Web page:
Following situation:

  • Application is only accessible via HTTPS/SPDY
  • nginx is sending the SSL session ID to the upstream server
  • Upon session start I'd like to use the first 128 characters of that string
  • In PHP: $csrf_token = substr($_SERVER["SSL_SESSION_ID"], 0, 128);
  • The CSRF token is stored on the server in the user’s session and a new token will be generated if a new session is generated

My question(s):

  • Is this approach secure (enough)?
    • This question is regarding the usage of the SSL session ID and not related to the usage of session based CSRF tokens!
  • Would it be possible to use less characters (e.g. 32)?
  • Should I add some sort of secret salt to it?
  • Anything else that might be a problem with this?
  • 3
    I don't understand why you would make it so cumbersome to generate a token instead of using a crypto random. Jun 11 '13 at 5:19
  • Why cumbersome? The session ID is there, it is extremely random, why not use it to save the time involved in generating a new hash? A string operation is lightning fast! Jun 11 '13 at 15:48
  • 1
    I doubt the bottleneck of your application will be how you generate your CSRF tokens... Jun 11 '13 at 16:19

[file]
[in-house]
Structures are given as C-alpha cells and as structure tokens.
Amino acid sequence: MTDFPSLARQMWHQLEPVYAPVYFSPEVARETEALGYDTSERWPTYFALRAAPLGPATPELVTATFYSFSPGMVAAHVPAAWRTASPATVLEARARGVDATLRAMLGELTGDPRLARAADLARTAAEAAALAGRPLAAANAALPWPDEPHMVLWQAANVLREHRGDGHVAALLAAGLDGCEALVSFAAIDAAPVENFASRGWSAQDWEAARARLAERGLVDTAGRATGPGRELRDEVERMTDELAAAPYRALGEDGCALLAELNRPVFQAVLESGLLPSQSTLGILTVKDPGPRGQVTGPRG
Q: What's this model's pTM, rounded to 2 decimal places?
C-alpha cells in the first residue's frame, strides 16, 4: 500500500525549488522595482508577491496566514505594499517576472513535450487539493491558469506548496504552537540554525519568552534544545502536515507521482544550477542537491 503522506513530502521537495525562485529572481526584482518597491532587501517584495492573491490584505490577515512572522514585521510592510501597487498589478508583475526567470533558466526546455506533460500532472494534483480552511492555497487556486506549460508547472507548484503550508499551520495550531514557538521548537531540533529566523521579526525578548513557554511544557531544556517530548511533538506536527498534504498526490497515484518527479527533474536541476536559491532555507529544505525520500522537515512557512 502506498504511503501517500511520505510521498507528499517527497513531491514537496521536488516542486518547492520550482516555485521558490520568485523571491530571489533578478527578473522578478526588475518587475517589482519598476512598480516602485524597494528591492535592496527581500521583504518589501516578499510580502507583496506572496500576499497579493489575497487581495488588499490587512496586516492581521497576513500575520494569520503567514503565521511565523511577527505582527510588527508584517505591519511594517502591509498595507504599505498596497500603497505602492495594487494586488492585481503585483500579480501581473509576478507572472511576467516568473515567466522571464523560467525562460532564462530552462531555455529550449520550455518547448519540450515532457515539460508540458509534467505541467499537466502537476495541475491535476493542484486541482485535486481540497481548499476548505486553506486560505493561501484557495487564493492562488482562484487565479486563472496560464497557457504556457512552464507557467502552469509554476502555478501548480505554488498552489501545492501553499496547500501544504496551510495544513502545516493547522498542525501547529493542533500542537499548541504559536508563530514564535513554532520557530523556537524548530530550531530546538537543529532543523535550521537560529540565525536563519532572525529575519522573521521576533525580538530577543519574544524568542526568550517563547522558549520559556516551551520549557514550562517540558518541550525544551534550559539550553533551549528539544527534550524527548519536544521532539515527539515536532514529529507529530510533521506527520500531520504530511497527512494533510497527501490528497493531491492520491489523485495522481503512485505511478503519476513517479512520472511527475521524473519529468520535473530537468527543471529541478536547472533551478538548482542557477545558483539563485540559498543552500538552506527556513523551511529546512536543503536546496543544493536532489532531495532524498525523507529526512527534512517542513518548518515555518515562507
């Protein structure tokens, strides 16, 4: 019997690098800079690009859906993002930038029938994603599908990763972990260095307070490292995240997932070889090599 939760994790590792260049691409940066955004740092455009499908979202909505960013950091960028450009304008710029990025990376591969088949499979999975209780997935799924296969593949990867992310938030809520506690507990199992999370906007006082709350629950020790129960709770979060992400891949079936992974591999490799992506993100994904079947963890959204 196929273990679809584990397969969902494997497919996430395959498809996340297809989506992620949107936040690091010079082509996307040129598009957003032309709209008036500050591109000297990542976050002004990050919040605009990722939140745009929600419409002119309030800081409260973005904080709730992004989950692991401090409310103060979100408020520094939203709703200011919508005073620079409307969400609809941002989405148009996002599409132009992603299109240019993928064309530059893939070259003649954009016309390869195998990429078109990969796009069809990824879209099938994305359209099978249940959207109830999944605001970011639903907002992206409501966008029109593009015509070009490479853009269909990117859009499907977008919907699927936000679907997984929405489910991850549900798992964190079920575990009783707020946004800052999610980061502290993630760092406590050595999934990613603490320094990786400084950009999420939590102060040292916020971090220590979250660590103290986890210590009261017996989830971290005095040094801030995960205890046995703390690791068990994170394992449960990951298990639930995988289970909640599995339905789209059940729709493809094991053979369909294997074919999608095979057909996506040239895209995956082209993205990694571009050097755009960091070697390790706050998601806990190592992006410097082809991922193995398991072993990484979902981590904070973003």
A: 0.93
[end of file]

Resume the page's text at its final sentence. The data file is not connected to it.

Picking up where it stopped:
• Of course not, the performance thing is simply a fact. Jun 11 '13 at 22:33
  • I'll go for hash("sha1", uniqid() . mt_rand(0, mt_getrandmax())); which is fast as well. Jun 11 '13 at 23:17

You can do this but the moment your app grows larger and needs ssl offloading it will break. Also take care about the length as you are exposing a part of the ssl session id which is responsible for protecting your CIA. If you would take a too large part of the Id or all of it and an attacker would be able to get it through xss, it could also break your ssl session.

Please don't be a dave.


Re-purposing crypto datapoints for other purposes is one of the capital sins of data security.

There is no logical reason to do what you are suggesting. And whether or not a specific vulnerability for what you are suggesting is immediately available, it's still a bad idea.

Just use a random value, which is the known, vetted, accepted approach. Otherwise you stray into Dave territory.

Your Answer

By clicking “Post Your Answer”, you agree to our terms of service, privacy policy and cookie policy

Not the answer you're looking for? Browse other questions tagged or ask your own question.